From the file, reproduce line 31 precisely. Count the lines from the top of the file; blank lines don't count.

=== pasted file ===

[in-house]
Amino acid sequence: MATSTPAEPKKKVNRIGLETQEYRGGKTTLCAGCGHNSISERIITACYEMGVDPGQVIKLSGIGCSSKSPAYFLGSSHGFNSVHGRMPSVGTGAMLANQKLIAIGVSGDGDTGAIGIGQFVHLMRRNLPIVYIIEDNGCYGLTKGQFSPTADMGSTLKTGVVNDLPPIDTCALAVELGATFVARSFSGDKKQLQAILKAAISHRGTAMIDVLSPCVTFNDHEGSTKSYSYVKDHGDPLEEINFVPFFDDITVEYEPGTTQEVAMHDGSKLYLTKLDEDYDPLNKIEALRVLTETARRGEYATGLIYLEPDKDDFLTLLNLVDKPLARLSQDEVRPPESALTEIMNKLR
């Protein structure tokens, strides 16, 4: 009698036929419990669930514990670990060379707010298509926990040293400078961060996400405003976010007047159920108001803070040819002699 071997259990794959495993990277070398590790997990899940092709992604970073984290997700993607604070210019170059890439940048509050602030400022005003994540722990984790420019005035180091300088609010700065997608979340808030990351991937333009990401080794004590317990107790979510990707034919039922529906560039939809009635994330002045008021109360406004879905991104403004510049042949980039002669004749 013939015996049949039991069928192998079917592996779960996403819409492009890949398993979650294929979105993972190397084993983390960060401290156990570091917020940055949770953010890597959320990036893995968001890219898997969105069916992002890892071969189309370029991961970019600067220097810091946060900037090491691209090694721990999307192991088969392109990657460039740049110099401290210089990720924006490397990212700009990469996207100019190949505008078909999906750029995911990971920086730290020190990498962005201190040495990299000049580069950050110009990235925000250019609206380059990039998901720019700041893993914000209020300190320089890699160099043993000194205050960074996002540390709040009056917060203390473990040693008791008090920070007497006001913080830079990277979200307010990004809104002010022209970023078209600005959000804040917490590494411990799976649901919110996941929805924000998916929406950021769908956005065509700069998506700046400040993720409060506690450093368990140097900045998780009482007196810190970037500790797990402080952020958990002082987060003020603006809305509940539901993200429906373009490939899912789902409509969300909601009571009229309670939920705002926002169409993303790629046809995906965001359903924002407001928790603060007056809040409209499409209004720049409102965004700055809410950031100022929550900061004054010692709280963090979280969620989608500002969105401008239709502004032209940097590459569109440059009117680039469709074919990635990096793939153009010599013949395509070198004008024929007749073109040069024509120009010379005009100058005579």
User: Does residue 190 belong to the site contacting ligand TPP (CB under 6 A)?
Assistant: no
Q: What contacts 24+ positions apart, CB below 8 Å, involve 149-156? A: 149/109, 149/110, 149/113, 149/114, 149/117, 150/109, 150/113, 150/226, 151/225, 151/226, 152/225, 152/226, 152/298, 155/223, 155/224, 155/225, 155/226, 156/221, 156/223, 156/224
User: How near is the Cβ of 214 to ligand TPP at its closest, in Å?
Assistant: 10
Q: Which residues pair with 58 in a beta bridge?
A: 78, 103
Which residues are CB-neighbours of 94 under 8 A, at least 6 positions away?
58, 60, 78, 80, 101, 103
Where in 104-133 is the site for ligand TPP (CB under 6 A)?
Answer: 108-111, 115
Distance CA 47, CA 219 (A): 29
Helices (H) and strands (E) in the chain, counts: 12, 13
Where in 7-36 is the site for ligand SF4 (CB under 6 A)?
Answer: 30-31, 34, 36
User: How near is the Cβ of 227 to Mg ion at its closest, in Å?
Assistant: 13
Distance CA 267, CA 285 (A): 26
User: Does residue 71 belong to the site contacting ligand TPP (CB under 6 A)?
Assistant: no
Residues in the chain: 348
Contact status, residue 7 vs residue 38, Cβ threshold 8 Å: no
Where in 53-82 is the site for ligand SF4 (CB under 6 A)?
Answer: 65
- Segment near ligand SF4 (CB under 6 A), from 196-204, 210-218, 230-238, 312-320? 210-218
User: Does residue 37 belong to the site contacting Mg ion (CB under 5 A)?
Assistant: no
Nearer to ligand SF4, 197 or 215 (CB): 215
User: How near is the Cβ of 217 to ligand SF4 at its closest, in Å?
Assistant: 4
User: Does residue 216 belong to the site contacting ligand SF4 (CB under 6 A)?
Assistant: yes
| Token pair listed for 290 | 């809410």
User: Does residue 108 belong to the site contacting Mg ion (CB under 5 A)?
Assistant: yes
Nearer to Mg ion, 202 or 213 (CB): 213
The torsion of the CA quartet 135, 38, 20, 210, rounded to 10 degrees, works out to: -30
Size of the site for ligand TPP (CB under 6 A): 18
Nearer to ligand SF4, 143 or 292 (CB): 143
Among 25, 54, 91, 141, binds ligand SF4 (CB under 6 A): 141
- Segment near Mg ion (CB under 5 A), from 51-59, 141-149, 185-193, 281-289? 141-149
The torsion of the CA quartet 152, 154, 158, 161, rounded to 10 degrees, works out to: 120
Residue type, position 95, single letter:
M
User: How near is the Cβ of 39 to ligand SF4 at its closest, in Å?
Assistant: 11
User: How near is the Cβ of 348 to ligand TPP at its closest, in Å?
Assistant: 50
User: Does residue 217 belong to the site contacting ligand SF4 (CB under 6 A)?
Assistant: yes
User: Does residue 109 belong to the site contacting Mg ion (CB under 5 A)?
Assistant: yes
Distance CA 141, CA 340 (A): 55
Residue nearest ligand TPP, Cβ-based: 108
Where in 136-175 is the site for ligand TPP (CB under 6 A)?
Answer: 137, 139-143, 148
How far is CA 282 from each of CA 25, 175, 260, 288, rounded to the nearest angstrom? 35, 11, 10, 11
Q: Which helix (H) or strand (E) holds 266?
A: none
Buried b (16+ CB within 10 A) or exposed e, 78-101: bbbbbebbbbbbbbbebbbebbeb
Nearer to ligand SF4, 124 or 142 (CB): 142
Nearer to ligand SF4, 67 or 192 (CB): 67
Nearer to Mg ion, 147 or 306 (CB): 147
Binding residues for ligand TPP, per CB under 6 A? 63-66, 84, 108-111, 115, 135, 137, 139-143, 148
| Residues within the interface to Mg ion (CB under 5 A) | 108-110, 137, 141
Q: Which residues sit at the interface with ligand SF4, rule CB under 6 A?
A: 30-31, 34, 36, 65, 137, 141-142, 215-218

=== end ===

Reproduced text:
Nearer to ligand SF4, 197 or 215 (CB): 215